Members of the Welsh Guards marked their first St David's Day in Windsor by rededicating a memorial made for fallen comrades during the Falklands War.
Soldiers from the 1st Battalion Welsh Guards commemorated the patron saint of Wales with a parade through the town, the first of its kind since moving into Combermere Barracks in St Leonard's Road last summer.
This was followed by a special service in Holy Trinity Garrison Church led by the Reverend Matthew Dietz CF, chaplain to the First Battalion Welsh Guards, where a 'temporary' Regimental Memorial Cross was given its new permanent home inside the church.
Soldiers from the 1st Batallion Welsh Guards celebrate their first St David's Day in Windsor with a parade on Sunday
The cross was originally erected in June 1982 by members of the 1st Battalion Welsh Guards at Fitzroy Cove, Falkland Islands, in memory of the 38 Welsh guardsmen and attached soldiers, who died as a result of the Sir Galahad incident.
In total, 56 men lost their lives during the biggest single loss suffered by British troops during the Falklands War.
After the service, which was attended by Lord Guthrie, the soldiers were presented with commemorative leeks.
Lord Guthrie (centre) joins soldiers from the 1st Battalion Welsh Guards to celebrate St David's Day at a church service held on Sunday at the Holy Trinity Garrison Church in Windsor
Lord Guthrie was among guests at a special church service rededicating a memorial made for fallen Falklands War comrades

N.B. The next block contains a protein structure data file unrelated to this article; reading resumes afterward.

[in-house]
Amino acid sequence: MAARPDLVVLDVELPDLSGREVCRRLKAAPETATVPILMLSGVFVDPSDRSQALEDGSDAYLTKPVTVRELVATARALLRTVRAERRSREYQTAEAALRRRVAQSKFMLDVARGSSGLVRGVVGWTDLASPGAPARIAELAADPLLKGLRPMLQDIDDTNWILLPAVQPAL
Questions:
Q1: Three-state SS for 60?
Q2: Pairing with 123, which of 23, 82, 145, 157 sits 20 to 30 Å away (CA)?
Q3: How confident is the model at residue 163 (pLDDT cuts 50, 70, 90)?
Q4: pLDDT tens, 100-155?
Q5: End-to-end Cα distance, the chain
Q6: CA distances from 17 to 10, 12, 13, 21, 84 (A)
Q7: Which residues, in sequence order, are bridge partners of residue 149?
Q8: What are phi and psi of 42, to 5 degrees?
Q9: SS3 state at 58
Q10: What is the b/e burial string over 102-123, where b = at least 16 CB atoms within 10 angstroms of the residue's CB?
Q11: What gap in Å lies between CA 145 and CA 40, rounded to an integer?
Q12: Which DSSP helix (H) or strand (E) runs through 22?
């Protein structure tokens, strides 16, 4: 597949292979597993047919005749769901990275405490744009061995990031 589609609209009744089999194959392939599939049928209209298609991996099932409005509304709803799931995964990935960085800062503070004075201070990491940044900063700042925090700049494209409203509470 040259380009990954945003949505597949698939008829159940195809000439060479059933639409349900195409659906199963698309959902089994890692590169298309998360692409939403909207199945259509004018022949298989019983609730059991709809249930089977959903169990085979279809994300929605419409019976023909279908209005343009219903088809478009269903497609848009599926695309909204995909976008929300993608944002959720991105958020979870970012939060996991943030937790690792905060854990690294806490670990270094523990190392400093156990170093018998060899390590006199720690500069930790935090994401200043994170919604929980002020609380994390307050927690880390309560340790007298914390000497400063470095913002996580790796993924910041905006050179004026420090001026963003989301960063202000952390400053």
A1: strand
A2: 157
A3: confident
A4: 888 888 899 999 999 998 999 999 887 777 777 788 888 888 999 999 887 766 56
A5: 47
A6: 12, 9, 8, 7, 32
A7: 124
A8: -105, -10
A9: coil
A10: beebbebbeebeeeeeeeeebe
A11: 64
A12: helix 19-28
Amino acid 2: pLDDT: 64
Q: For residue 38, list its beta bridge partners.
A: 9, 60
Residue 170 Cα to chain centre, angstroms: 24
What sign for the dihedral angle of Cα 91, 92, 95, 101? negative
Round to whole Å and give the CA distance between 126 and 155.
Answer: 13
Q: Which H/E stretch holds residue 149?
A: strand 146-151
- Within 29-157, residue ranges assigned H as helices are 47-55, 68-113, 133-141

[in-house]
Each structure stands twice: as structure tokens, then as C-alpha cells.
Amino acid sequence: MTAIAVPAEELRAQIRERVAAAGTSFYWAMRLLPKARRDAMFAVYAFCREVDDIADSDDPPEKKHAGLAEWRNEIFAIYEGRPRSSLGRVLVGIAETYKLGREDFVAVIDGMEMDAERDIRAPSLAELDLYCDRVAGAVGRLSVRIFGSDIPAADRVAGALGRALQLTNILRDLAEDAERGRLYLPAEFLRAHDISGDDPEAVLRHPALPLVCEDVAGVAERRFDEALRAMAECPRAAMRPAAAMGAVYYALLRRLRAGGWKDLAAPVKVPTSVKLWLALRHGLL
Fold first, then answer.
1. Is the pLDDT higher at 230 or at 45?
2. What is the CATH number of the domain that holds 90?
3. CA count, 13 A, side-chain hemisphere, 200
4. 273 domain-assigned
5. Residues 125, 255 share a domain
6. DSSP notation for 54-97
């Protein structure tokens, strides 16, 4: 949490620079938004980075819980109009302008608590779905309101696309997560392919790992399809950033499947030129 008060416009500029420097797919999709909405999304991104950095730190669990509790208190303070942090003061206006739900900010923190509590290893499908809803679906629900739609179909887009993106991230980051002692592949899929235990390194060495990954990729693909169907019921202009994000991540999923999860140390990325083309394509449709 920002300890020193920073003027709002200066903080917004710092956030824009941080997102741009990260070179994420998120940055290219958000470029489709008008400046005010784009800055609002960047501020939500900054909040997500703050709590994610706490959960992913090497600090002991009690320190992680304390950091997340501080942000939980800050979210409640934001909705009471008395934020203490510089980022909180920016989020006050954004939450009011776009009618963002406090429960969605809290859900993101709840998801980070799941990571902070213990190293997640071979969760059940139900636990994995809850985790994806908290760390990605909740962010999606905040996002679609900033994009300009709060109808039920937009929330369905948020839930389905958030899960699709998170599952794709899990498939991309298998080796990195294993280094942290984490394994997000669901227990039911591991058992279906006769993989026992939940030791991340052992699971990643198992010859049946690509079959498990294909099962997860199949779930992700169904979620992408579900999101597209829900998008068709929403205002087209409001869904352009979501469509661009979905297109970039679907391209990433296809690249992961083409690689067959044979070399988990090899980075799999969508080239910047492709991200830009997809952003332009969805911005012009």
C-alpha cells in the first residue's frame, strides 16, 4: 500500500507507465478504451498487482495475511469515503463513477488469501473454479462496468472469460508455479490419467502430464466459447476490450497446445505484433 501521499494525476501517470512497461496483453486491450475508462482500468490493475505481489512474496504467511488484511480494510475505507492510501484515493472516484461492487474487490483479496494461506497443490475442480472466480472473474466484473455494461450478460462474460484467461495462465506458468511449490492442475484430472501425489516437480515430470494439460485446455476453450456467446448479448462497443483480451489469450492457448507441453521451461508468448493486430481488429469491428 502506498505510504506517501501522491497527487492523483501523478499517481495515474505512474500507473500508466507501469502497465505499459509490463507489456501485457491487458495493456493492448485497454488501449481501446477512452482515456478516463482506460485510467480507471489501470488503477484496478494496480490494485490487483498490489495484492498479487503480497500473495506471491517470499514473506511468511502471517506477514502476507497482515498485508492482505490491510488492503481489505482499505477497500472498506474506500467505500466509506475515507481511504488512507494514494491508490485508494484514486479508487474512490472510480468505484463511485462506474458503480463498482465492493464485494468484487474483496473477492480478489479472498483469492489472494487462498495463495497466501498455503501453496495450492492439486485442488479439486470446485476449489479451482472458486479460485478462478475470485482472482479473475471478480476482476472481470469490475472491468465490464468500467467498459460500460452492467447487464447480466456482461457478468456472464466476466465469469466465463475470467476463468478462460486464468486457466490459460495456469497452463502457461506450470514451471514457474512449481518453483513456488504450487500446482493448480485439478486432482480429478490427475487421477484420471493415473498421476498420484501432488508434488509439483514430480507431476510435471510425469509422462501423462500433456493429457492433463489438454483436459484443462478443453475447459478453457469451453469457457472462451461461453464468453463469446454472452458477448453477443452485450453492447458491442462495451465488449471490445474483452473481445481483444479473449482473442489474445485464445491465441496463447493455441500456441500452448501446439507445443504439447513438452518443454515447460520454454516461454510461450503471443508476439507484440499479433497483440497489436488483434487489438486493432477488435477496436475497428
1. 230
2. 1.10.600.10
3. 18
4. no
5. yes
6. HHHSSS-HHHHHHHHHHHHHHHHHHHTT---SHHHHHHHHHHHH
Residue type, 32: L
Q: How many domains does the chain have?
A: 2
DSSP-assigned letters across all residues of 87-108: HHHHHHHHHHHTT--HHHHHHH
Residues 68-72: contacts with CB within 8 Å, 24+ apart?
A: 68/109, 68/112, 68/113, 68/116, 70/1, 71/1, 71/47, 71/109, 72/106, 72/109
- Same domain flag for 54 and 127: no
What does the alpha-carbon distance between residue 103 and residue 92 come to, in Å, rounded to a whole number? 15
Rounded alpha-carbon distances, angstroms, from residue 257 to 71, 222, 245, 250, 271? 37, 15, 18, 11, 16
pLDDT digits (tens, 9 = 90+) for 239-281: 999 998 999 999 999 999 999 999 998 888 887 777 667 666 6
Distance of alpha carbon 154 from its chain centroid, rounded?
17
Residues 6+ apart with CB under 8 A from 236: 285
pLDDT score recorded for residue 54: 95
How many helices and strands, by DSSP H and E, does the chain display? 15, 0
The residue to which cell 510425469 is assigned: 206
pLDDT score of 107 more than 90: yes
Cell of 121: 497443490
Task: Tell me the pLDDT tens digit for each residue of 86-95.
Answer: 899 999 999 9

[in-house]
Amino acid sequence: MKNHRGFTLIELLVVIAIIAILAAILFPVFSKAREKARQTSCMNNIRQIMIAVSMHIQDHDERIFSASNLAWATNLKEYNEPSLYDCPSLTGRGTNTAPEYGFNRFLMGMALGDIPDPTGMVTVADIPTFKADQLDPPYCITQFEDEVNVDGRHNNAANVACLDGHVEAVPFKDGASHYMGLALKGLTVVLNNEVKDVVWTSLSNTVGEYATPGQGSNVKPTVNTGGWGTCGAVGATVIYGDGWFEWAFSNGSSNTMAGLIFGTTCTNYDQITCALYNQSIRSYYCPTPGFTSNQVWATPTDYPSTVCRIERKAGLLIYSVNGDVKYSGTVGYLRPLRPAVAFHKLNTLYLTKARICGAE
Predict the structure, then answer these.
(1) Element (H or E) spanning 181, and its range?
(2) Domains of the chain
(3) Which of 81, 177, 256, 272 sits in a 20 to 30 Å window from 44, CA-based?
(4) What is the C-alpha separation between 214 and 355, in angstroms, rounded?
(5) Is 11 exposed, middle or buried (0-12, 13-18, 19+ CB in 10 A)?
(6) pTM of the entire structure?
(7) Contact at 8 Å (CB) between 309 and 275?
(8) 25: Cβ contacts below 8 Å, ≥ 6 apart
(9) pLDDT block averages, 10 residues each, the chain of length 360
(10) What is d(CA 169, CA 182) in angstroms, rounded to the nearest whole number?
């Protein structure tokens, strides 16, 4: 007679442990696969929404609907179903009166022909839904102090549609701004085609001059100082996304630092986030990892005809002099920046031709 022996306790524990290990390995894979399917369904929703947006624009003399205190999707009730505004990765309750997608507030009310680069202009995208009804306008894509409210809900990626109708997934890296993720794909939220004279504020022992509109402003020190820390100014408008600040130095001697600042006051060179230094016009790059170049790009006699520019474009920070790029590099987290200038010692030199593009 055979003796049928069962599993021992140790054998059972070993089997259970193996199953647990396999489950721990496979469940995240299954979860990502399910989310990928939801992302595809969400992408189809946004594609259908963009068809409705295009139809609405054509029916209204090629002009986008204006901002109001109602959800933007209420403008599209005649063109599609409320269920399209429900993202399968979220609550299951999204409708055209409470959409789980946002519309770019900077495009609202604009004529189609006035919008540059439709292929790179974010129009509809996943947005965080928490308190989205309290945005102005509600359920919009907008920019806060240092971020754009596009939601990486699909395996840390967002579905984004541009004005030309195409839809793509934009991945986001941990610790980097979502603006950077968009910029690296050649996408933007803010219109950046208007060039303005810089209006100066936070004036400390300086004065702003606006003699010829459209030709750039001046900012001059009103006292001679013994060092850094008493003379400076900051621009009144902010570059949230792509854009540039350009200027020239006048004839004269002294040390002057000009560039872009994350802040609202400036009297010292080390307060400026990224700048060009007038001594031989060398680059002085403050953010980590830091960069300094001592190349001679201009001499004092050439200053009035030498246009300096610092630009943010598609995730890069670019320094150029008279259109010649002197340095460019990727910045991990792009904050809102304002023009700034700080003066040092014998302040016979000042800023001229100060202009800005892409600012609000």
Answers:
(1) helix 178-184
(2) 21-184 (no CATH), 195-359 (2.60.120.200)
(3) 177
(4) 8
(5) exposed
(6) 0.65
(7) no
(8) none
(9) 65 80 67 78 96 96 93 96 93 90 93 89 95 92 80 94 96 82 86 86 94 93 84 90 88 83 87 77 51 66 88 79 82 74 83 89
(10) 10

A 'temporary' Regimental Memorial Cross erected in 1983 for Falklands War comrades was installed inside the church
St David’s Day is an annual feast day that commemorates the patron saint of Wales, Saint David, on the day he died in 589 AD.
Dydd Gŵyl Dewi has been celebrated since David was canonised by Pope Callistus II in the 12th century and today, the Welsh continue to feast on food like cawl, a Welsh soup or broth.
Cities like Cardiff, Swansea and Aberystwyth mark the day by holding St David’s Day parades and people dress up in traditional Welsh dress.
Army Chaplin, the Reverend Matthew Dietz, lead the rededication service at the Holy Trinity Garrison Church in Windsor
The service remembered the 38 Welsh guardsmen and attached soldiers, who died during the Sir Galahad incident of 1982
As well as being the patron saint of Wales, St David is also the patron saint of doves and is known as Dewi Sant in Welsh.
Born in Caerfai in Pembrokeshire around 500 AD, he was recognised as the Welsh patron saint during the country’s resistance to the Normans.
The commemorative cross is brought to the front of the battalion church, where it will now be placed permanently
Hundreds turned out for the rededication service